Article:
Changing jobs is exciting, but there are some practical things you have to deal with, like what to do with your old 401(k) plan.
You have the option of leaving your funds in your old 401(k) plan, but there are a few downsides to doing that: You can no longer contribute to it and you'll have multiple 401(k) plans floating around you need to keep track of.
It's "definitely an option," certified financial planner Nick Holeman tells CNBC Make It, "but typically, the downsides mean it's not the best option."
Here are two alternatives to leaving your money with your old company:
1. Roll over your 401(k) to your new employer's plan
Assuming your new employer's plan accepts rollovers, "this is a good option if you like the investment choices and the fees aren't too high," Holeman says. "This way, your money will all be in one account and it'll be easier to manage."
2. Roll over your 401(k) to an individual retirement account (IRA)
If you aren't happy with the investment choices offered by the new plan or the fees are high, you can move your 401(k) into an IRA or Roth IRA. This is a great alternative because IRAs "typically have lower fees and more investment choices," Holeman explains.
"They're both retirement accounts; you just get to pick when you pay the taxes," says Holeman of the difference between a traditional IRA and Roth IRA.
With a traditional IRA, you contribute pretax dollars and let that money grow tax-deferred over time. You'll pay taxes on your contributions (and investment gains) only when you withdraw the money, which you can do starting at age 59½. If you withdraw before then, you'll have to pay a penalty fee.
With a Roth IRA, contributions are taxed when they're made, so you can withdraw the contributions and earnings tax-free once you reach age 59½. There is an income cap on the Roth IRA: Only married people earning less than $189,000, or single people earning less than $120,000, are allowed to make the maximum yearly contribution of $5,500 (or $6,500 for people aged 50 or older).
"Once you know what your options are and what makes sense for you to do from an investment and fee perspective, then you actually have to execute the rollover," says Holeman.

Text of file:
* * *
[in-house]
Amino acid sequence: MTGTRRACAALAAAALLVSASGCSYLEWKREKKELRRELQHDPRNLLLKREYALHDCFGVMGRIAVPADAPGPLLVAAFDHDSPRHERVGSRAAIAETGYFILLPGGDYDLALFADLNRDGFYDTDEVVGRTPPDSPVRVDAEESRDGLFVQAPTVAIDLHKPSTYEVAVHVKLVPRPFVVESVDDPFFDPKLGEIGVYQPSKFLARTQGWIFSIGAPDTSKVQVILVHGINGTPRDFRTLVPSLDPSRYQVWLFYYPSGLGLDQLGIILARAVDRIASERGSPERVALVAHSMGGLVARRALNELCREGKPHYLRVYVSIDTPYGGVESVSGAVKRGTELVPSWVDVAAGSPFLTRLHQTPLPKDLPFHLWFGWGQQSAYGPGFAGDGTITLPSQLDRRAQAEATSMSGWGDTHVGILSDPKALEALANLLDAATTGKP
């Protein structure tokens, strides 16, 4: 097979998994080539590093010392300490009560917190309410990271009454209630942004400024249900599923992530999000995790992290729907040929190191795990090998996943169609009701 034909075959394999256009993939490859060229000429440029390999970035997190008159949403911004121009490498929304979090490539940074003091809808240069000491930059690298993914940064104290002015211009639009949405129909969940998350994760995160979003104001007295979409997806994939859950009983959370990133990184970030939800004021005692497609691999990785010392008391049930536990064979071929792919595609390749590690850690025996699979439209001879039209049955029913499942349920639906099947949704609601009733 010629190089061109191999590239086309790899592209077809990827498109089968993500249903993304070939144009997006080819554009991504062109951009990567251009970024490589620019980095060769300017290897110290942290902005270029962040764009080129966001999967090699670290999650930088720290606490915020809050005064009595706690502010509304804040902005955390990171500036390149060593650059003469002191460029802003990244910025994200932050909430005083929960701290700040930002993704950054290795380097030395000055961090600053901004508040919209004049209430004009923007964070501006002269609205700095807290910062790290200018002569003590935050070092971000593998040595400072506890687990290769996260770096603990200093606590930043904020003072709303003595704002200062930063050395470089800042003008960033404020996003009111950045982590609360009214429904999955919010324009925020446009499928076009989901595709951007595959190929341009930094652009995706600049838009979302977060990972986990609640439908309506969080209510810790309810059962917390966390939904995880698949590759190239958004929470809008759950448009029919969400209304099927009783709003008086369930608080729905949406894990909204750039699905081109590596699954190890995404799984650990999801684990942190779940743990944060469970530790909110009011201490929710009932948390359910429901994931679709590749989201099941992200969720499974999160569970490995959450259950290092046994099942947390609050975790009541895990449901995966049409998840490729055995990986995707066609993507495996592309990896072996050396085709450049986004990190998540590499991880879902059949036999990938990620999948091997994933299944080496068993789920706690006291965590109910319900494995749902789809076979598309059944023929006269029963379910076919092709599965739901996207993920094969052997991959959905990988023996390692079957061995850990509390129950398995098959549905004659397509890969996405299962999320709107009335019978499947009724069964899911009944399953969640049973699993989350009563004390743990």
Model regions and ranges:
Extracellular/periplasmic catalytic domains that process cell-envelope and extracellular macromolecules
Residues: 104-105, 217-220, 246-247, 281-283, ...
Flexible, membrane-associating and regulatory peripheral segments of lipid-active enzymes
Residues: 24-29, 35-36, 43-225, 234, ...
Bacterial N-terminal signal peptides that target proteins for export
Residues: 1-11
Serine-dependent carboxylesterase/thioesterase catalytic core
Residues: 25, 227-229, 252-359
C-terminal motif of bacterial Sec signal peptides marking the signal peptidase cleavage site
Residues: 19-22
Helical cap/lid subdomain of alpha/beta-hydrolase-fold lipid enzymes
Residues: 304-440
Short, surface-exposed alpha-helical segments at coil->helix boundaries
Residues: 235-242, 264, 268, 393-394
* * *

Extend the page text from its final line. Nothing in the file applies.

How to move your money
You have two options when it comes to rolling over your money, a direct rollover or an indirect rollover. Holeman recommends doing a direct rollover: "When you do an indirect rollover, you're the one handling the money, so the 401(k) provider will write you a check and then it's up to you to actually deposit it into the new account. There's just more that can go wrong, so I typically recommend doing a direct rollover and let the companies handle it."
With a direct rollover, your 401(k) funds move straight to your new account and the money never passes through your hands. "You just have to fill out a form, sign it and the rest is pretty much out of your control," says Holeman.
Other things to keep in mind
- When switching jobs, you never want to withdraw the balance of your 401(k) instead of moving it. Cashing out before age 59½ incurs a 10 percent early withdrawal penalty. (An exception to this rule is if you lose or leave your job at age 55 or later. In that case, you won't have to pay the 10 percent penalty.) Plus, you'd be reducing how much money you'll have for your own retirement.
- There may be a one-time fee for doing a rollover. "Some accounts will charge a closing fee of say $50," says Holeman. "But that's like ripping off the band-aid. Of course, no one likes paying fees, but sometimes you just have to do it. Plus, most of the time, they're pretty minimal."
- There's no limit on how much 401(k) money you can transfer to an IRA. "If you're just moving accounts, it doesn't count as a contribution, so you could roll over $1 million, $2 million or $10 million in one year," says Holeman.
- To keep things as simple as possible, Holeman recommends hopping on the phone with your 401(k) provider to initiate a direct rollover. "It's the easiest way," he says.
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Video by Brandon Ancil.